Becerril Coca & Becerril SC
BC&B is an international law & business firm that offers advisory services in patent matter to companies from the transformation industry sector, such as the pharmaceutical, chemical and the electrical industries, among others, with the purpose of giving them support to protect the intellectual capital as well as to assist them in licensing their technology. Since then, we have been ground breakers and innovators in the form, substance and quality of our services in industrial property matter, copyrights and technology licensing.Show more
Arbitration & ADR
Mexico and the European Union have agreed to update the EU-Mexico Free Trade Agreement, which aims to improve, among other things, the settlement of investment disputes. Two fundamental proposed amendments are the introduction of two-stage arbitration and the creation of a permanent court of arbitration to resolve investment disputes.
By signing an arbitration clause, the parties to the arbitration agreement freely and voluntarily grant an arbitrator or arbitration tribunal full and sufficient competence to resolve conflicts that might arise between said parties due to the execution of a commercial contract. The parties' choice of arbitrator is crucial because the validity and soundness of the final arbitration resolution will depend on their experience.
Tribunal dismisses all of investor's claims under NAFTA and orders him to pay more than $2 million in costsMexico | 17 September 2020
In 2016 Joshua Dean Nelson commenced arbitration against Mexico on behalf of Telefacil México, SA de CV and himself under the North American Free Trade Agreement (NAFTA). According to Nelson, the Federal Telecommunications Institute had prevented him from participating in the telecoms market by issuing measures that he alleged violated Chapter 11 of NAFTA. However, the tribunal recently rejected the claims and held that Telefacil owed Mexico $2.05 million in arbitration costs.
Since 11 March 2020 dispute resolution in Mexico has been significantly affected due to the COVID-19 crisis. In such exceptional circumstances, alternative dispute resolution has taken on greater importance, as it offers parties the chance to continue proceedings (with restrictions) as efficiently as possible without having to wait for the judicial branch to resume operations.
Over the past three decades, alternative dispute resolution (ADR) has increased in popularity to the point that most parties appear to prefer it to having the courts resolve their conflicts. The benefits of ADR are flexibility, reduced costs and the opportunity to actively participate in the resolution of the dispute. However, these benefits depend on the parties voluntarily honouring the commitments adopted during the ADR proceedings.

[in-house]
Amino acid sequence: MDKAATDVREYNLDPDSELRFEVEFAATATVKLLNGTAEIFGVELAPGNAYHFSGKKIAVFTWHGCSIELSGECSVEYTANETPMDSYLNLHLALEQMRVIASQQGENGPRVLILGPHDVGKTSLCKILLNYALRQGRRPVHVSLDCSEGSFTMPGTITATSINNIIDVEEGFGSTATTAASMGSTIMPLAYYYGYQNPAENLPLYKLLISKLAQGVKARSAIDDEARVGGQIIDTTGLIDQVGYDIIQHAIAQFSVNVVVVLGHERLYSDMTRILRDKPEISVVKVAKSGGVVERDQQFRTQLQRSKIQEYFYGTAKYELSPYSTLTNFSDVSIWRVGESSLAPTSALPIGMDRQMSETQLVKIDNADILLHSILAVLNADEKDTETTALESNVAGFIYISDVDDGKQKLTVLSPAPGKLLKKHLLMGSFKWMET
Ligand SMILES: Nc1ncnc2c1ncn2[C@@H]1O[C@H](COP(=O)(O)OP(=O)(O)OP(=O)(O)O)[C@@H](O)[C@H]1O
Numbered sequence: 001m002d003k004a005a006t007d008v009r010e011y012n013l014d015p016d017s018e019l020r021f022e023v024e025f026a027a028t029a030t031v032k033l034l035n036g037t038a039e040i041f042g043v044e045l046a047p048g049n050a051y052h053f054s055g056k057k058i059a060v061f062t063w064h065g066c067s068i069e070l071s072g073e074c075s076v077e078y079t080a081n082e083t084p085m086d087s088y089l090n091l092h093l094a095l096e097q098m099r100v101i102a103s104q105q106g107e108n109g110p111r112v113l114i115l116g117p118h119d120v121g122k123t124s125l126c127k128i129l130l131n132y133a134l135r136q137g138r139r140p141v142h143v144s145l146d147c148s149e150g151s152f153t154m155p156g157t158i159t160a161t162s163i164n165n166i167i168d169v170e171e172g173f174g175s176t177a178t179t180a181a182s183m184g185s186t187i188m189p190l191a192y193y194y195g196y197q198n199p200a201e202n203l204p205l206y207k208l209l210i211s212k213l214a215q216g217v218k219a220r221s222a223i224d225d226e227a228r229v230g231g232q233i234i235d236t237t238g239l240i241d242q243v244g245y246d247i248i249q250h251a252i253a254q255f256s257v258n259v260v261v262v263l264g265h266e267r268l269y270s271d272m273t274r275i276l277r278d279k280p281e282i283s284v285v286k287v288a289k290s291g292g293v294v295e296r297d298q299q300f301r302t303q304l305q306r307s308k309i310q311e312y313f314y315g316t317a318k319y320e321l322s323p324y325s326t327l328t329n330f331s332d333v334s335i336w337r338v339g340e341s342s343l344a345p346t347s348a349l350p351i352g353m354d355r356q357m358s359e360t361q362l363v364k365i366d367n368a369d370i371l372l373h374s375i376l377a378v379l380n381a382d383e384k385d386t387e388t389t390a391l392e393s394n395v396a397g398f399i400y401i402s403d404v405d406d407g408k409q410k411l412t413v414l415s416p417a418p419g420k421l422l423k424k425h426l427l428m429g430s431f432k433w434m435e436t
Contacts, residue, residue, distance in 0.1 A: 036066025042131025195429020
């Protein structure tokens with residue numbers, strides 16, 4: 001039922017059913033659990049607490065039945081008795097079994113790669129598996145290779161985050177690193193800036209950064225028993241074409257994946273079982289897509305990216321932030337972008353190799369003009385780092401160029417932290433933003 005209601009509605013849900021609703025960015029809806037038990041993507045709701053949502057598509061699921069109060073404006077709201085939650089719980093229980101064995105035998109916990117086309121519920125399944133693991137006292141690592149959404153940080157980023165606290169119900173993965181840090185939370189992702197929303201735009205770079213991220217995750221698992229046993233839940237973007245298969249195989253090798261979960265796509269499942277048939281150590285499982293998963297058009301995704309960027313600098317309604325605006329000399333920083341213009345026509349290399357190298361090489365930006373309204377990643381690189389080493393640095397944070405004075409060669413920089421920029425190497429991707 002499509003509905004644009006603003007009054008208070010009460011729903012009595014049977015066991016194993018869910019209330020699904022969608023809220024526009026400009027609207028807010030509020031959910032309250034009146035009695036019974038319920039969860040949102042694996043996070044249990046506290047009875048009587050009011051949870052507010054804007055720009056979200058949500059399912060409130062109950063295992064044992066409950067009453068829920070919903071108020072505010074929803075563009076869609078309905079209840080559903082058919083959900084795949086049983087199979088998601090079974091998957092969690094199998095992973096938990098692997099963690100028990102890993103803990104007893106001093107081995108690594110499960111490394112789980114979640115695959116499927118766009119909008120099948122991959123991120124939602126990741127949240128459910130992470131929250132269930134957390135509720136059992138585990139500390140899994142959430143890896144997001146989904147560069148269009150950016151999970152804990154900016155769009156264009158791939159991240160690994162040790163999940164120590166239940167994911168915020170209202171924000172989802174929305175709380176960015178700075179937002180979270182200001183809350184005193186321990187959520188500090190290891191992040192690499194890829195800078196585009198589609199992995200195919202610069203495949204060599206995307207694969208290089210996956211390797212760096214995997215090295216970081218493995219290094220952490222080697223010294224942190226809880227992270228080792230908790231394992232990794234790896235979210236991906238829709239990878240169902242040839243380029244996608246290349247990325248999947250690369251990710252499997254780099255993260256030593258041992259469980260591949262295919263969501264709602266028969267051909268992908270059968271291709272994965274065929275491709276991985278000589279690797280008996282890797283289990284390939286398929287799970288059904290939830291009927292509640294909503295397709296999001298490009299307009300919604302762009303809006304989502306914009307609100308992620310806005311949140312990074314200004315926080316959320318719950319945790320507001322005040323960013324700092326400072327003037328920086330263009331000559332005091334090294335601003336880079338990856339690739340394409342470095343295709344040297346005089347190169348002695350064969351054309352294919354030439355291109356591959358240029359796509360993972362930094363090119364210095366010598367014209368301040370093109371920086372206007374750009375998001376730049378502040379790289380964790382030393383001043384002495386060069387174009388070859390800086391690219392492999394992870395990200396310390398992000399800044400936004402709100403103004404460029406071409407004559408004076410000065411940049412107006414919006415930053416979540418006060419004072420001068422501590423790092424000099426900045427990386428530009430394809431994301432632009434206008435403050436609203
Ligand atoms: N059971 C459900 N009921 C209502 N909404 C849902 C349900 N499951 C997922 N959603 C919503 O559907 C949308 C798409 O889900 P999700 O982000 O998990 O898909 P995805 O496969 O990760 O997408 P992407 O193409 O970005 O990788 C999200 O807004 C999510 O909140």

Precautionary measures are an essential way in which to preserve assets that are subject to dispute or ensure that a final award is enforceable. Arbitration offers many advantages over judicial proceedings. However, in practice, such measures need to be issued more quickly in order to achieve the objectives for which they are designed. Notably, under Mexican law, such measures are issued much faster and more effectively than those issued under the International Chamber of Commerce arbitration rules.
The Federal Law for the Protection of Industrial Property, which recently entered into force, makes changes to the existing law on matters such as inventions, trademarks, opposition issues, invalidation and infringement actions, counterfeit issues and trade secrets. This article discusses the most important changes concerning trade secrets.
The Federal Law of Protection for Industrial Property recently came into force and introduced provisions explicitly concerning double patenting for the first time in Mexico. Issuing double patenting objections is a common practice for the Mexican Institute of Industrial Property, when examiners consider that the invention to be protected in a divisional application is already covered or protected by the parent case. This article examines the double patenting objection under the new law.
The COVID-19 pandemic has evidenced the need for an efficient and safe system for the electronic prosecution of patent applications and has forced the Mexican Institute of Industrial Property to make such a system available for applications originally filed in paper format. However, as this article shows, the path to this outcome has not been straightforward.
The Industrial Property Law is currently under revision in the Senate. Two legal initiatives proposed by different senators will have to be studied, but one of them is more likely to prevail because it has the support of the Mexican Institute of Industrial Property and aims to substitute the current law in its entirety. One of the proposal's most significant objectives relates to updating the eligibility criteria of biotechnology-related inventions.